9. Features:

When you click on features button one popup will launch.

In features we have different groups such as cache, config, database, etc.

10. Diff:-

This is to show the difference. This is interesting option. Shows the changes that the selected features have on an application generated without any features selected.

11. Preview:-

Another best option this site provides is the preview of your project based on your selection.

The final option is to generate the project and once you click on this are getting zip file. After zip extraction, you will get below kind of structure.

Were we have docker file, build file, gitignore along with source directory structure. Download and import this in any of your IDE(eclipse, intellij) and happy coding.

This is it for now. Let me know your finding on this if any.

Spring boot Cloud Native Buildpacks and Layered jars.

In May 2020 spring boot 2.3 is released with some interesting features. There are many but in this article, we will talk about support for building OCI images using cloud-native build packs. 

Cloud-Native BuildPacks?

These days cloud migration and in that cloud-native application development is becoming a trend.

Cloud-Native Buildpacks
transform your application source code to images that can run on any cloud.

Cloud-native buildpacks definition from From https://buildpacks.io/,

The Cloud Native Buildpacks project was initiated by Pivotal and Heroku in January 2018 and joined the Cloud Native Sandbox in October 2018. The project aims to unify the buildpack ecosystems with a platform-to-buildpack contract that is well-defined and that incorporates learnings from maintaining production-grade buildpacks for years at both Pivotal and Heroku.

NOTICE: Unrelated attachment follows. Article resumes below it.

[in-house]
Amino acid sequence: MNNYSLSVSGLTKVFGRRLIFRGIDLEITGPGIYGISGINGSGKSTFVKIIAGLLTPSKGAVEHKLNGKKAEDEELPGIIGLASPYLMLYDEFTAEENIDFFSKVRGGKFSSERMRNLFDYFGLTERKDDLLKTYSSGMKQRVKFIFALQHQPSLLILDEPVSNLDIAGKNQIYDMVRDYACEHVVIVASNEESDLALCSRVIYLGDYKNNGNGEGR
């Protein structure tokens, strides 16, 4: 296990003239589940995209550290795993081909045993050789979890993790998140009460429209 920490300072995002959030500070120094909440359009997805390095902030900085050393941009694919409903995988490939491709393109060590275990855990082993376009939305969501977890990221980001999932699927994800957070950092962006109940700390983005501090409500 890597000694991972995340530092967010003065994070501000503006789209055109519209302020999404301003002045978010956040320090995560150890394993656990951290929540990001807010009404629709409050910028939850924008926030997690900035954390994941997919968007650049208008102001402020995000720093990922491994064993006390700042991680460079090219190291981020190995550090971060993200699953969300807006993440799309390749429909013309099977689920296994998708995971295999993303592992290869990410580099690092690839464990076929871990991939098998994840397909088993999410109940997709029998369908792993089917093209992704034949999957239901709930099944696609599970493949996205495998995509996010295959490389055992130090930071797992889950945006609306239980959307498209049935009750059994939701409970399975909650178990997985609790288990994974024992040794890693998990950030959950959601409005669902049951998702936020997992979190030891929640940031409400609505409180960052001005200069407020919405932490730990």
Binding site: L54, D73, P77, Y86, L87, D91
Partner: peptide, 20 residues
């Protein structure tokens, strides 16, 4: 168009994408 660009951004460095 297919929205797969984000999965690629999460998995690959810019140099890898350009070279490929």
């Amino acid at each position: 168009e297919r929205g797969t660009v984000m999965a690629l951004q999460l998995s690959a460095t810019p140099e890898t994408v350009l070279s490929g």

credit goes to https://buildpacks.io/

Cloud-Native Buildpacks embrace modern container standards, such as the OCI(Open container initiative) image format. They take advantage of the latest capabilities of these standards, such as cross-repository blob mounting and image layer “rebasing” on Docker API v2 registries.

All the above information is from buildpack website only. The buildpack in fewer words: will transform your beautiful source code into runnable container images.

The Paketo java build is used by default to create an image.

Prerequisites for this example:

  1. Java
  2. Docker
  3. Any IDE if you want.

Note:- For this demo, I am using spring-boot:2.3.1 version, JDK-8 and maven.

and Always for spring start with https://start.spring.io/

I have imported the project into the VSCode. If you want to learn about Spring tools for Visual Studio Code, please go through this link: https://www.techwasti.com/spring-tools-4-for-visual-studio-code/

Create One REST Controller:-

As part of this article, our focus is on buildpack not on complex coding.

We have a simple controller this will return the current date.

package com.techwasti.spring.buildpackex.springboot23ocibuildpackex;

import java.util.Date;

import org.springframework.web.bind.annotation.GetMapping;
import org.springframework.web.bind.annotation.RestController;

@RestController
public class CurrentDateController{


    @GetMapping("/gettodaysdate")
     public String getTodaysDate(){